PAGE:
I like when writers surprise me.
They could be ambling along, writing gentle romances, then all of a sudden they’ll throw me a fiction swerve ball and send in a ghost story or a long read crime story. In writing circles, you often hear, “write what you know”. And that is true, as the storytelling will often have a basis of truth in it and will be, to some extent, easier to write. But I’d also encourage writers, and readers for that matter, to occasionally mix up their genres.
Tracey on the Fiction Team is a massive fan of crime – the genre, I hasten to add – and loves the mystery-solving process. I, on the other hand, am more at home with historical and adventure novels. So it might come as a surprise when I say I am presently reading… a crime novel by the talented Ray Celestin titled The Axeman’s Jazz, which is set in New Orleans in 1919.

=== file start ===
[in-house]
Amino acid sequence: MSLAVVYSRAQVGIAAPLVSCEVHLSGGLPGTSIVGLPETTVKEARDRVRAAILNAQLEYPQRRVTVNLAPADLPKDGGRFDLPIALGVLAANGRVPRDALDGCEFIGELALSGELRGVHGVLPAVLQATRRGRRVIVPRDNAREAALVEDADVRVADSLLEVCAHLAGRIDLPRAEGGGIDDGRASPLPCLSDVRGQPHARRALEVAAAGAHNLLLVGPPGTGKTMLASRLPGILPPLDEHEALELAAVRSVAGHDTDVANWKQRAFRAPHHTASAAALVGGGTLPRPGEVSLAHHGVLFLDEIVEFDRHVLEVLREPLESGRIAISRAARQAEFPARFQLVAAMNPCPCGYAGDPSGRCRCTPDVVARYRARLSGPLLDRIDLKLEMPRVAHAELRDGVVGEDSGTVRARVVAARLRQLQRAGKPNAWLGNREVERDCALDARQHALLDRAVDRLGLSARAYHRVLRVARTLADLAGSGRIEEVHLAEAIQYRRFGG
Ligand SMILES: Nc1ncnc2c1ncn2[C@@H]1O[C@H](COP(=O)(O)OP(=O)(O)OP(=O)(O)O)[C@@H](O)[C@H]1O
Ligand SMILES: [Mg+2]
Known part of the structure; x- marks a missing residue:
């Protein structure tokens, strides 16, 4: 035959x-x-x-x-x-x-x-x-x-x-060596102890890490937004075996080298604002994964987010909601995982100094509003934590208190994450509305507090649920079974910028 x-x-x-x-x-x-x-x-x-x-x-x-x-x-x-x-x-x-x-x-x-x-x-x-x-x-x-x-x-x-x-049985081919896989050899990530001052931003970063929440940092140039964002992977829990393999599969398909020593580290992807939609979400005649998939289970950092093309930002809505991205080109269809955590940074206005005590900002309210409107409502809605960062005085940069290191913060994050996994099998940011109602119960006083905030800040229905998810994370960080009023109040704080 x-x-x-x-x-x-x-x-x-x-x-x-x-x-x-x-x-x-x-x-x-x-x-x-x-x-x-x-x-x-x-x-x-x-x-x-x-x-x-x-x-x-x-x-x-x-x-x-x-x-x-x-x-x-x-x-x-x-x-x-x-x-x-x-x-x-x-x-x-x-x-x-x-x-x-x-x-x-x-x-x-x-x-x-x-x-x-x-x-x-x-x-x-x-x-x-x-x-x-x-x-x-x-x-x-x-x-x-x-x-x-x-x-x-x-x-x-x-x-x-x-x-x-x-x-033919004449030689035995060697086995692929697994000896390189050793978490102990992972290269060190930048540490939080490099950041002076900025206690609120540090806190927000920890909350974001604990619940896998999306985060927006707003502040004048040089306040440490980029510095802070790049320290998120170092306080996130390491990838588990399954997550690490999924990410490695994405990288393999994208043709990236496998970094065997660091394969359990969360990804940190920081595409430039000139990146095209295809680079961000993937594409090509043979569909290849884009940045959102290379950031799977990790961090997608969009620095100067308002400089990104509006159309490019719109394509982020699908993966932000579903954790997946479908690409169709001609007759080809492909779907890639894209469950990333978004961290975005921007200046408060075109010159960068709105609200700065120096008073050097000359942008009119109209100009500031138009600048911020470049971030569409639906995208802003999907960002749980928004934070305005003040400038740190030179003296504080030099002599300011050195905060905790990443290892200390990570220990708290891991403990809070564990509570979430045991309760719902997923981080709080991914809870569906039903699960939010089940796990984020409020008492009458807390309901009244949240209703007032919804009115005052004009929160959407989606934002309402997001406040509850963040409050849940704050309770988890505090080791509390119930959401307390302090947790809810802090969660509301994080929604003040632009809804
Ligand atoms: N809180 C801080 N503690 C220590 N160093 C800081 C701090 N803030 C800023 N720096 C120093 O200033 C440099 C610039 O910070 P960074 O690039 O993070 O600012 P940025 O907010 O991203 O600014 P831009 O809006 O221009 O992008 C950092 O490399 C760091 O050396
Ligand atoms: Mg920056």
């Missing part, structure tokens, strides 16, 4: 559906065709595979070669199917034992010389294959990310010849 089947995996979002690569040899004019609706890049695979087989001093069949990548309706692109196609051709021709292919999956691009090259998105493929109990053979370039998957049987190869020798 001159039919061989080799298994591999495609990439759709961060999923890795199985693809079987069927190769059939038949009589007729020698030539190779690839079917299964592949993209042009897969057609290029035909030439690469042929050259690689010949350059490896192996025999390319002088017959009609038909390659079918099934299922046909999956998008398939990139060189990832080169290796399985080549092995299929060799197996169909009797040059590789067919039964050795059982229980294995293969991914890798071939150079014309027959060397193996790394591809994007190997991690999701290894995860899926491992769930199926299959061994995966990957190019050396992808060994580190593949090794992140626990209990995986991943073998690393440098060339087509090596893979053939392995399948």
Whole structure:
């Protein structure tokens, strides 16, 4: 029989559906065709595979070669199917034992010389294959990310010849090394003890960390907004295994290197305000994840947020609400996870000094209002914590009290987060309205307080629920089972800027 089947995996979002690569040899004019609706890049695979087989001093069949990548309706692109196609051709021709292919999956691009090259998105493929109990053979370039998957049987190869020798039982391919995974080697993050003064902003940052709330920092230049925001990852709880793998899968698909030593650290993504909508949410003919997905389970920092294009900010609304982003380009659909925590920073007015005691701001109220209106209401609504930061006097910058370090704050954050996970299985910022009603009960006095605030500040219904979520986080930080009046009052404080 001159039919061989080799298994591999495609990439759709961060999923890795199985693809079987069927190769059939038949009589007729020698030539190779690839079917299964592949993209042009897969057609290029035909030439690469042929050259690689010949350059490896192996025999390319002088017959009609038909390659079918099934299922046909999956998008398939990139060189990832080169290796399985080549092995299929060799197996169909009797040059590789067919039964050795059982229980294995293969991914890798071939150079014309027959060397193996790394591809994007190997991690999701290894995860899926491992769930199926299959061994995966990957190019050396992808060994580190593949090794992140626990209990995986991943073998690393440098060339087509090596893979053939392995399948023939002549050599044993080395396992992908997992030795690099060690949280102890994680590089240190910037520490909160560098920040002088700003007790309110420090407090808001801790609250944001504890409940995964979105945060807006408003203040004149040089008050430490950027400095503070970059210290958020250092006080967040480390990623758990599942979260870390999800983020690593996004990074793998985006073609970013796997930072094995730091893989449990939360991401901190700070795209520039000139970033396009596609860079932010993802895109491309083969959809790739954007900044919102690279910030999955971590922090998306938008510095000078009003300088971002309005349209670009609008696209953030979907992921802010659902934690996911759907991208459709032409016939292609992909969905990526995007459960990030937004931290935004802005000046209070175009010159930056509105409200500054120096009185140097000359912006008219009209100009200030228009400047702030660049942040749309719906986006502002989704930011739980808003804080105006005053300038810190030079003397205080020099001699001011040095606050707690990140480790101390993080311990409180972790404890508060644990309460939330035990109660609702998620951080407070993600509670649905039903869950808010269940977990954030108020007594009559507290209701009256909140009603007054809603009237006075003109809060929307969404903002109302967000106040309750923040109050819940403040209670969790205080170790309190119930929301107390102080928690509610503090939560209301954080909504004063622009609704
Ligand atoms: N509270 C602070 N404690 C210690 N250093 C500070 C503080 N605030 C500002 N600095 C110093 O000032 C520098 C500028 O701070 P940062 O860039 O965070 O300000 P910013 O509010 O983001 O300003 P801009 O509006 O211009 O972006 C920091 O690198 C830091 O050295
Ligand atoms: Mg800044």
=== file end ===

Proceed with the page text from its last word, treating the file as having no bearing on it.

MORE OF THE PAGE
The novel’s blurb caught my eye, but the purpose of this post isn’t to write a review (I’ll leave that for a future post); suffice to say I am enjoying reading something which I normally wouldn’t have chosen.
Good writing involves strong characterisation. And I am a great believer in that you can transport solid, believable character into any story world, in any century, and they would stand up and have something interesting to say.
So I’d encourage the readers and writers among you to ponder something new once in a while.
For instance, a lot of the Friend’s story genres are of an eclectic mix, so a jump from say historical to historical crime isn’t such a big leap. At the end of the day, you may find a particular genre simply isn’t for you, or, like me, you might be pleasantly surprised by the results.
So, when you are looking at what story to read or write next, go on – let your imagination surprise you . . .